Death, Cricket, Beestonia.

Death. Funny old thing, innit?

I’m not a goth. I was for about 3 minutes in the early nineties, dancing down Rock City to ‘Temple of Love’ by the Sisters of Mercy, thinking ‘this is fun, maybe I should consider a crimp of the fringe’, but then ‘Babies’ by Pulp came on and I slipped back into the groove I’ve steadfastly bumped along down since, where corduroy and a rakish cut of gib is revered over kohl and daft big boots.

But I’ve been weirdly lucky with death. Mercifully, theres not been a ot of it in my life. When my two gerbils, Itsy and Bitsy died when I was seven, I was so heartbroken I thought I’d never laugh again. That thought lasted all of three minutes, when my dad buried them in the back garden in a little chocolate box and then had to dig them up after realising he’d inadvertently interred his wedding ring in the process.

My first experience of a funeral didn’t take place until I was well into my twenties. A lovely man called Robin who I worked with in Portugal had a tragic accident and met a untimely death, at the age of 21. He was a lovely, lively kind  and funny individual, a rare gem in the terrible characters that comprised the vast majority of the ex-pat community. Still, death pays no heed to such qualities, hence Nick Griffin still drawing breath. I headed to Bristol for his cremation.

Its not a place, the Chapel, to find humour. Yet there was, and I only tell you this tale knowing that Robin would have laughed as heartily as I did had he not been lain in a coffin when it occurred.  Just before he went into the furnace, ‘Imagine’ by John Lennon played. I wept, not at the song which I always have been quite cold towards, but knowing that he had really passed, and we’d never enjoy a caneca on the roof of our favourite bar as the sun sank over the endless Atlantic.

The final chords drained away, and the vicar conducting the service took to the pulpit once more and with a little tic crossing his pallid face, assured as all that ‘Despite the opening lines of that song, I can tell you that there is definitely a heaven’.

I had to leave. Luckily a fit of giggles is easily mistaken for hysterical crying.

I then experienced death in a very visceral form as my wonderful gran went from laughing and flirting with the QMC doctors to slipping into a coma and thus into death over a heartbreaking few weeks, through a deterioration of a  razor sharp mind that had been so wonderfully humane, hilariously funny and absolutely irreverent despite a terrible life of loss and poverty. There was no amusement here, my heart broke a million times, as I swabbed her mouth with pineapple juice as she slipped from consciousness to provide some respite from the thirst she was only just aware of . When she ‘passed’ (a term I instantly bristled at, as it suggested a transition of states, not the absolute end as she and I both believed in) I thought I would never see any humour in it. Until we found she had her funeral paid up with the Co-op since 1978, and despite a long phobia of all things equine, had spent money on having her coffin taken from her house in Stapleford to West Park cemetery in Long Eaton by a horse drawn carriage, stopping traffic and causing hats to be doffed en route by all roadside.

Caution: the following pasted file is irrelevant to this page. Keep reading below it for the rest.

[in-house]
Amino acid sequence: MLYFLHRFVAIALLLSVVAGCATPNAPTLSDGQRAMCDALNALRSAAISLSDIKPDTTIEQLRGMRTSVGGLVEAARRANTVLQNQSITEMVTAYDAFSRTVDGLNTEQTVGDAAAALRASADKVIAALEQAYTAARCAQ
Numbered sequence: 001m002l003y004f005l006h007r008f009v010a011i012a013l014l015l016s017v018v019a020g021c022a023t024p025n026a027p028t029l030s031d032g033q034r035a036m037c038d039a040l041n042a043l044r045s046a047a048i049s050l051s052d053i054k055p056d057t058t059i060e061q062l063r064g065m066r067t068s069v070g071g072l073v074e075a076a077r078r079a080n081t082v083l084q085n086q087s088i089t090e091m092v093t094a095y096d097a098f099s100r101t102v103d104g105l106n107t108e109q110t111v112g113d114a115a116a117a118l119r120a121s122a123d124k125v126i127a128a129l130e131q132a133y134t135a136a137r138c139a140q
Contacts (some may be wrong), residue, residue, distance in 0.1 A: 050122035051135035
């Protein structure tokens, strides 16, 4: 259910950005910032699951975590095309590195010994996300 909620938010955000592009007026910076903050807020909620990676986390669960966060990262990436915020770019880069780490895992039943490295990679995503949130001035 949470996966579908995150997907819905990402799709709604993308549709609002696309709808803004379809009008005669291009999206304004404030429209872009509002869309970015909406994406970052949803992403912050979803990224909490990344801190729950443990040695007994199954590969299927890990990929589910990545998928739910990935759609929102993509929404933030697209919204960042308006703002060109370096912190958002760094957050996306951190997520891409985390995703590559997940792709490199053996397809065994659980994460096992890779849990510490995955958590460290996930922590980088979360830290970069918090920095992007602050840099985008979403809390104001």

Her wake was possibly the funniest experience of my life, as we drank a whole pub dry over recounting anecdotes of her life, and toasted her life with brandy, Baileys and lager, her holy trinity of booze.

I best lend this some context.  A couple of great Beestonians died recently,   i was saddened to hear Beestonia’s top journo, the dapper John Brunton, had met his demise over Christmas.  My sympathies to his former widow Adele. And Bill, who I have known for years as a staple in the pubs I drink in but only got round to talking to last year, had also gone. You know him, if you are a Beestonian, he was a little plump contented little man with a lovely smile, a roll-up always on his lips, and ambled between the Crown and the Greyhound for his bitter, of which he was an expert. RIP, my gone too soon friend. Not only this, but this morning a good friend of mine texted me to say that after a long, hugely amusing chat over the phone last night, she now had my cremation plans written on a box of Jaffa Cakes.  I am in no way planning an exit sometime soon, more ran down that particular conversational avenue through a chat that encompassed most of the weirdness of the world. It came from this final anecdote. If you need a wee, go now. I would hate to ruin your furniture.